routes and experiencing heavy migration.
Black Sea countries, he said, have many reserves and opportunities yet to be tapped and the members of their parliaments should help put them to use. In his
message of greeting to the forum, Georgian President Eduard Shevardnadze, said he was certain that "respect for each other's interests and joint efforts will
turn the Black Sea region into a powerful economic instrument and a factor for the prosperity of our countries and peoples."
Shevardnadze pointed to the unambiguously positive role of the latest Russia-US summit meeting for the future of Black Sea economic cooperation. He recalled
that the Russian and US presidents had brushed aside rivalry in the South Caucasus and Central Asia and were for the turning these regions into an area of
cooperation. Shevardnadze said this would allow clearing the Black Sea region of terrorism and sources feeding it - extremism, nationalism, religious
fanaticism, aggressive separatism and illegal arms trade and drugs trafficking.
FOREIGN LOANS & AID
Western Georgia - ICRC launches assistance programme
The ICRC and the Georgian authorities have signed a memorandum of understanding that formally launches a new assistance programme for 20,000 of the most
vulnerable internally displaced persons and local residents in Western Georgia, the International Committee of the Red Cross (ICRC) has announced on its web
The ICRC had stopped such assistance in the area in November 1995, but decided to resume aid after a survey in 2001 showed that these persons were facing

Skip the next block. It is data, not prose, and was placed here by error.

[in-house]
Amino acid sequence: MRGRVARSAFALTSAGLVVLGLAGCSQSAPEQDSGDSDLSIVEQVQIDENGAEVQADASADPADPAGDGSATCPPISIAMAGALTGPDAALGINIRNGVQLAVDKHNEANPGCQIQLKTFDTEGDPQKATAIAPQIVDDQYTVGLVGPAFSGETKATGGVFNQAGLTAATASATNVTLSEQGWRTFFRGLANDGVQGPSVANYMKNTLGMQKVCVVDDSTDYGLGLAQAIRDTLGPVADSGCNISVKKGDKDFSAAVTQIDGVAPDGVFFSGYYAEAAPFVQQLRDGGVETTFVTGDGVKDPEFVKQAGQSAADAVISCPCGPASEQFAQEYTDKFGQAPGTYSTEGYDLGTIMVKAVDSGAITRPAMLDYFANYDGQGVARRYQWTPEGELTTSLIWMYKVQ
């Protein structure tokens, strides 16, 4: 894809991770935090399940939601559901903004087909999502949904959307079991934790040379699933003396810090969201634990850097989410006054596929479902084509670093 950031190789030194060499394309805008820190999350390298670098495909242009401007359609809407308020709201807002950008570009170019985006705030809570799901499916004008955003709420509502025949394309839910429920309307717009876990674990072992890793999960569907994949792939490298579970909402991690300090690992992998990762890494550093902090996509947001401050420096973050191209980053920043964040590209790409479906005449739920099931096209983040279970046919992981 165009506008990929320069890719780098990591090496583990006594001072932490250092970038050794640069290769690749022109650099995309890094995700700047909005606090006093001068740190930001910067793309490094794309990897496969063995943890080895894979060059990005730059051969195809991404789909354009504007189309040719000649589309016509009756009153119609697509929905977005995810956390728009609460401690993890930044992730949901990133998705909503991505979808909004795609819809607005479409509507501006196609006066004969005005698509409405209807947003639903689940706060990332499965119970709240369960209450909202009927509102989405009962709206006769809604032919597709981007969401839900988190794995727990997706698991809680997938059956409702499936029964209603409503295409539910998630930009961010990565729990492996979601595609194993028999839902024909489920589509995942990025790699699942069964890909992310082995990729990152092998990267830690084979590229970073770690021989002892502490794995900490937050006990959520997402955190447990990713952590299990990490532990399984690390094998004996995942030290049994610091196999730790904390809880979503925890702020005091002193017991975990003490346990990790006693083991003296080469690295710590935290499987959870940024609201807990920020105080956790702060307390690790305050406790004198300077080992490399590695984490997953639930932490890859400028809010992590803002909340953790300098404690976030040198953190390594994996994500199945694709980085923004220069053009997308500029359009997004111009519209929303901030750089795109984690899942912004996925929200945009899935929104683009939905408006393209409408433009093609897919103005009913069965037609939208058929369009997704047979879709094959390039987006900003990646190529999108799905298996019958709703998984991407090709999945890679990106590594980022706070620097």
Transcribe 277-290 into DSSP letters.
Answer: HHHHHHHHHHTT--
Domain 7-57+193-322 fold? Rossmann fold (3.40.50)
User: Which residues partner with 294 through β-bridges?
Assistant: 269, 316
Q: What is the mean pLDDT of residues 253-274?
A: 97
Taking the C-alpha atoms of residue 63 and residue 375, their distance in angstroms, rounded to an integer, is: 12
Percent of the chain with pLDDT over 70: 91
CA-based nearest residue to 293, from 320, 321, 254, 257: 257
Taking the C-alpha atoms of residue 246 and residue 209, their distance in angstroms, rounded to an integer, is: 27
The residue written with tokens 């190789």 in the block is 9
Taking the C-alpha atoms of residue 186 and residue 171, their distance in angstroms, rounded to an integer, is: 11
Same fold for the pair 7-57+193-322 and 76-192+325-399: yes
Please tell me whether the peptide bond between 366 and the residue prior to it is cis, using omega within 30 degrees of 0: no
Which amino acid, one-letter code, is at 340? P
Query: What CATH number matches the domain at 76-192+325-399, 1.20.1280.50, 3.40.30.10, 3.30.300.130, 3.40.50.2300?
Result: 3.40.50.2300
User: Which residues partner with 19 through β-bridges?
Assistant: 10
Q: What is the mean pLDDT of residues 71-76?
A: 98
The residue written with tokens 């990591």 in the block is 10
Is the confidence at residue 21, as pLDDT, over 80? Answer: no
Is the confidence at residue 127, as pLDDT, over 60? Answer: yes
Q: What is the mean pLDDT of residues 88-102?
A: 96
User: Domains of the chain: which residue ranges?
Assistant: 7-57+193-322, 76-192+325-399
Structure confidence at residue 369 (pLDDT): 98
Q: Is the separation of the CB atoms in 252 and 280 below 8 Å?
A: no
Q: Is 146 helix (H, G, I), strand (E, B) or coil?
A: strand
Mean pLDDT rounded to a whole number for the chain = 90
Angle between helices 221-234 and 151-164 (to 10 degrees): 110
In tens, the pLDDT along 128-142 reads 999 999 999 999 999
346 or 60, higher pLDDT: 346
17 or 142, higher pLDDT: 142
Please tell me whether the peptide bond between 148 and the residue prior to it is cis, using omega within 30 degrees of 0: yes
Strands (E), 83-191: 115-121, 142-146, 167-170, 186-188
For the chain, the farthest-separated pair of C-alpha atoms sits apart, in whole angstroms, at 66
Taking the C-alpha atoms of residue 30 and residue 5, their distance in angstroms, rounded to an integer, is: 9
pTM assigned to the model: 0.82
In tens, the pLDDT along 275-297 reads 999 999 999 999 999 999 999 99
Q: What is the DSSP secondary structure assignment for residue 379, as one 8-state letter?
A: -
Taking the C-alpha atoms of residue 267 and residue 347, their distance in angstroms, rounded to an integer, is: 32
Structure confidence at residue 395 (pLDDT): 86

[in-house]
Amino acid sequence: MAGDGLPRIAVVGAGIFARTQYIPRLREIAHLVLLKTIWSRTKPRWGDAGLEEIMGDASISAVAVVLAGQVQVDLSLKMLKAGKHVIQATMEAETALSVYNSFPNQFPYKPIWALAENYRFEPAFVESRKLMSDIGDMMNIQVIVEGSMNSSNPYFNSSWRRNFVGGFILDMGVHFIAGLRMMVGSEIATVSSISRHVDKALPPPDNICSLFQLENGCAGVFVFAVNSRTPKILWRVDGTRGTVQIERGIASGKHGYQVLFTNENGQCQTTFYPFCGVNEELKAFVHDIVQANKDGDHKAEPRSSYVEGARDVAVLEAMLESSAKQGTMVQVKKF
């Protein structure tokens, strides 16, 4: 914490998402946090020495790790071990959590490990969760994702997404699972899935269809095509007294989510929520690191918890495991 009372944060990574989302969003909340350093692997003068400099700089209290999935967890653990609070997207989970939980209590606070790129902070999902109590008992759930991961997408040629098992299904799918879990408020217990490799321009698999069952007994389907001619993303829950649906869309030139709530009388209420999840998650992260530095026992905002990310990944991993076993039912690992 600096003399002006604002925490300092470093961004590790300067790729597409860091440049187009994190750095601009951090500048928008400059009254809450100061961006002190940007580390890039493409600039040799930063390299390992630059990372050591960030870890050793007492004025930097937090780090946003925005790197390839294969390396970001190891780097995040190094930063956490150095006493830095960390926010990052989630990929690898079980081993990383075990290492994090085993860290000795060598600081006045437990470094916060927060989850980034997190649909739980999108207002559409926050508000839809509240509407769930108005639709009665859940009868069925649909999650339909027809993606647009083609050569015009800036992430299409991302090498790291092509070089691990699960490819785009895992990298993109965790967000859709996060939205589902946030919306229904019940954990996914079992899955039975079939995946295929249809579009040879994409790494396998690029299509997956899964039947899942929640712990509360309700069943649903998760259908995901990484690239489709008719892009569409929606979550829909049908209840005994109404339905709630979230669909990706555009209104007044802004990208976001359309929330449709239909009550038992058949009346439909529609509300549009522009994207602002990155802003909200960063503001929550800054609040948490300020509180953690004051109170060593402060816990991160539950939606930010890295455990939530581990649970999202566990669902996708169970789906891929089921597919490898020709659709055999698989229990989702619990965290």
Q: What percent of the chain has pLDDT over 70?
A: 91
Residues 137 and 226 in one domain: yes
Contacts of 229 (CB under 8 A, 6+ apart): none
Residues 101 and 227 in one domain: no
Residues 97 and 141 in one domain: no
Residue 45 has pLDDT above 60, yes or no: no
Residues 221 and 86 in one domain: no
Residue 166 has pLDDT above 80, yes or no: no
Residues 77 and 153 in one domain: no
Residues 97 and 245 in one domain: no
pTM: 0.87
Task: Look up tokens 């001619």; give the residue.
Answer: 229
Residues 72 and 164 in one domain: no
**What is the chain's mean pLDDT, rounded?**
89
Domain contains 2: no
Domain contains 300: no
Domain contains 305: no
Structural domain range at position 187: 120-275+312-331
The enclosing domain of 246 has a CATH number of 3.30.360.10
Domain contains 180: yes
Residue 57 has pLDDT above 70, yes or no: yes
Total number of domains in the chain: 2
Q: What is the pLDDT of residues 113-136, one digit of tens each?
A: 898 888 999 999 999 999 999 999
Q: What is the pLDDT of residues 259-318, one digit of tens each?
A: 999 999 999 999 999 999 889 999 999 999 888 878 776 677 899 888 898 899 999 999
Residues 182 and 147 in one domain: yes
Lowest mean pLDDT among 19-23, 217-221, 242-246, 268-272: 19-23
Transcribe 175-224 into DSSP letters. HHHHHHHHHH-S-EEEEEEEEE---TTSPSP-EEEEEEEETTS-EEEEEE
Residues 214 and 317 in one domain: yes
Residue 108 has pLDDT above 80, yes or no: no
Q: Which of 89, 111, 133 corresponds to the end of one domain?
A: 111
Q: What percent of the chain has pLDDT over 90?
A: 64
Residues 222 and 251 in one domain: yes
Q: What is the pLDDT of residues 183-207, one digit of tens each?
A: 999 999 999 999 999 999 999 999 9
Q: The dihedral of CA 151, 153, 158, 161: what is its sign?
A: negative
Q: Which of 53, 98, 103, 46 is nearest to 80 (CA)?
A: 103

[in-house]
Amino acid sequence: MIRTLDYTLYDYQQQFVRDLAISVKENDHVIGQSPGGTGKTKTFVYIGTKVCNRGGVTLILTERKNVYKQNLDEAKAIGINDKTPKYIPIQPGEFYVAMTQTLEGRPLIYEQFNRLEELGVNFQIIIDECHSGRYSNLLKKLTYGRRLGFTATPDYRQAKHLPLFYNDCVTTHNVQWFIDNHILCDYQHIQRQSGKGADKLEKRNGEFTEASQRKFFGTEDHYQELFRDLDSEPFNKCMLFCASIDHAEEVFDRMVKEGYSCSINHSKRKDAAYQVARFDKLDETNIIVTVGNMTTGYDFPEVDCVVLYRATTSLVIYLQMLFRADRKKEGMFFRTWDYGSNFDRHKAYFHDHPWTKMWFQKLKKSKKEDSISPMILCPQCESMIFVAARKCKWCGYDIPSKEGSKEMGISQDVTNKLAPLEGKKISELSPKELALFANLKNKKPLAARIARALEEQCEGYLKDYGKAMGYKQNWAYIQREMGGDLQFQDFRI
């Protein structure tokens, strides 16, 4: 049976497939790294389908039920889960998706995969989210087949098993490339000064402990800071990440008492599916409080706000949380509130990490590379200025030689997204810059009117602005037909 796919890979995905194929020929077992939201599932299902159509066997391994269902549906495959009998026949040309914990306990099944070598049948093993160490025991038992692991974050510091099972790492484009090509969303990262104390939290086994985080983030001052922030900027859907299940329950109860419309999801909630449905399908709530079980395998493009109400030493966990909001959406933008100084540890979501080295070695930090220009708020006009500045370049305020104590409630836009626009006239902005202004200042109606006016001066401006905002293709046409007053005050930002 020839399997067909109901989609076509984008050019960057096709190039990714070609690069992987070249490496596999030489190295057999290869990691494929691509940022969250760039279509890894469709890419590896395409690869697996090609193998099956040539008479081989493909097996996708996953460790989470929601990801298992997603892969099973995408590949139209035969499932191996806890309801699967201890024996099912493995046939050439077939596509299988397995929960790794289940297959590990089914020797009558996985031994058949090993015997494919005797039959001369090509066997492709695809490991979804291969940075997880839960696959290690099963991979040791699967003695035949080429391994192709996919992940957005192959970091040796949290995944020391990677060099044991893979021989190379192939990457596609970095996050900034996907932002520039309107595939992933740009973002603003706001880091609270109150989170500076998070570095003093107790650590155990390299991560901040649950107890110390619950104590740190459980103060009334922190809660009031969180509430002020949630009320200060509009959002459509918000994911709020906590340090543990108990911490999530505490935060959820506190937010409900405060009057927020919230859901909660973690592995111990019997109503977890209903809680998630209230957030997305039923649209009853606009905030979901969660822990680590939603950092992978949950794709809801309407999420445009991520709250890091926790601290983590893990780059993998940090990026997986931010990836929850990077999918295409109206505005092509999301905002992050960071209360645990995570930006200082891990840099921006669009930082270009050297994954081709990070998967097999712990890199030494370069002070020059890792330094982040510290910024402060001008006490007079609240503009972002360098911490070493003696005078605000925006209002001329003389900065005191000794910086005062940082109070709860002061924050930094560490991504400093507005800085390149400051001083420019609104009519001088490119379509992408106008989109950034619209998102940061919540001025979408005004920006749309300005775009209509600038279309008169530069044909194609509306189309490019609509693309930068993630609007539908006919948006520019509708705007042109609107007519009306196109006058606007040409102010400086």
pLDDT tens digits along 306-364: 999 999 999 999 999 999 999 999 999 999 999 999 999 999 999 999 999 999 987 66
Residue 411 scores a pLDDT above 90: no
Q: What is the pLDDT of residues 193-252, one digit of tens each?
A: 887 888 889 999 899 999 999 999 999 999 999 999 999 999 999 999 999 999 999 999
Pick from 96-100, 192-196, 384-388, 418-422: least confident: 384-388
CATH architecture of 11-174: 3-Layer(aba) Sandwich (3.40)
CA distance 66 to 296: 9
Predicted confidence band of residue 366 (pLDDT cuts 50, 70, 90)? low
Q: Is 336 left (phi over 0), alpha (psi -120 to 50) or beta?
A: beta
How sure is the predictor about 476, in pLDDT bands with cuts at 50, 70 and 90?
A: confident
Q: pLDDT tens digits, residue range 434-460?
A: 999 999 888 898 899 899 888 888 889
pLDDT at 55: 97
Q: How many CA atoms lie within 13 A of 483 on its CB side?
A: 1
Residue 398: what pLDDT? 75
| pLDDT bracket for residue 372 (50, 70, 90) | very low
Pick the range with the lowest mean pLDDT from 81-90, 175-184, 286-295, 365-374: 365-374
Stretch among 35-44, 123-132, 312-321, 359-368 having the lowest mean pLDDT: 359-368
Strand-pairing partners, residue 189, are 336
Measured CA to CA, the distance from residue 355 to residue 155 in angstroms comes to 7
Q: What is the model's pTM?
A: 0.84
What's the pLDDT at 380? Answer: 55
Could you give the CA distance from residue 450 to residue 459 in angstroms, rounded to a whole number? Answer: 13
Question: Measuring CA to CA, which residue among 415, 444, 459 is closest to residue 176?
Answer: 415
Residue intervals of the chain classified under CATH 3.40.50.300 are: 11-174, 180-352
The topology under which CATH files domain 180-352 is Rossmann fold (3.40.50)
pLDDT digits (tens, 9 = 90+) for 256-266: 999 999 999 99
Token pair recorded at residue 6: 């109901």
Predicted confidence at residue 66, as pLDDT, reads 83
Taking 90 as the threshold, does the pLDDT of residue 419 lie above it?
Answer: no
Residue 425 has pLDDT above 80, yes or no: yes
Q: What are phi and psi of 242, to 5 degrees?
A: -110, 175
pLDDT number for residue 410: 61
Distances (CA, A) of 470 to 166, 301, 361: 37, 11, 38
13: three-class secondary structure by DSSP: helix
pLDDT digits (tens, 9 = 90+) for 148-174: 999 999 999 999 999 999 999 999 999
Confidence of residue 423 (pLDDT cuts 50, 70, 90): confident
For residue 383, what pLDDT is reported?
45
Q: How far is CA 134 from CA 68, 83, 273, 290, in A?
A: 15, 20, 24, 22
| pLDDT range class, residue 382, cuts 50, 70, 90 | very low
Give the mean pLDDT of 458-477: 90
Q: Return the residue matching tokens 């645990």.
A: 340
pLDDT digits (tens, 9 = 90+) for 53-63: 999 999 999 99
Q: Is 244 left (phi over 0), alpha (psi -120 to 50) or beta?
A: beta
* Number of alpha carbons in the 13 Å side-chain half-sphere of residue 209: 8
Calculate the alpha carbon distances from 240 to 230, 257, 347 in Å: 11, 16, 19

enormous difficulties in meeting basic needs.
Under this memorandum of understanding, the Georgian Ministry of Health, Labour and Social Affairs and the Ministry of Refugees and Accommodation will ensure
the identification of beneficiaries and distributions through local authorities. The ICRC will provide commodities for dry food distribution, resources for
programme management and needs based monitoring of beneficiaries identified by the Ministries to confirm they require the assistance of the ICRC to meet basic
and emergency food needs.
The programme will be implemented in two phases. A first distribution of 12,000 rations was due to start on 28th May 2002 to an initial caseload of destitute
persons unable to rely on savings, assets, family support or income from work or agricultural activity. The IDPs among them were displaced during the Abkhaz
conflict in 1993/4. The assistance will consist of wheat flour, beans, oil, salt and yeast (a total of 17 kg/parcel). The ICRC and the two Ministries will
continue working together to ensure the accurate targeting of the most destitute for Phase 2 in autumn 2002.
According to Martin Amacher, ICRC acting Head of Delegation in Tbilisi, "in this situation of no war, no peace, there is no economic recovery and
international development aid does not yet benefit destitute persons unable to participate in development
programs. Ten years of such destitution have brought the most vulnerable in society down to a level where their very survival is at stake. The ICRC cannot
meet all the needs of the population, but we are helping the authorities to support the most basic social welfare coverage."
During press conferences held in Geneva and Tbilisi, the ICRC also called on the international community to more strongly support economic development and
humanitarian programmes in a part of the world for which obtaining international funding has become extremely problematic.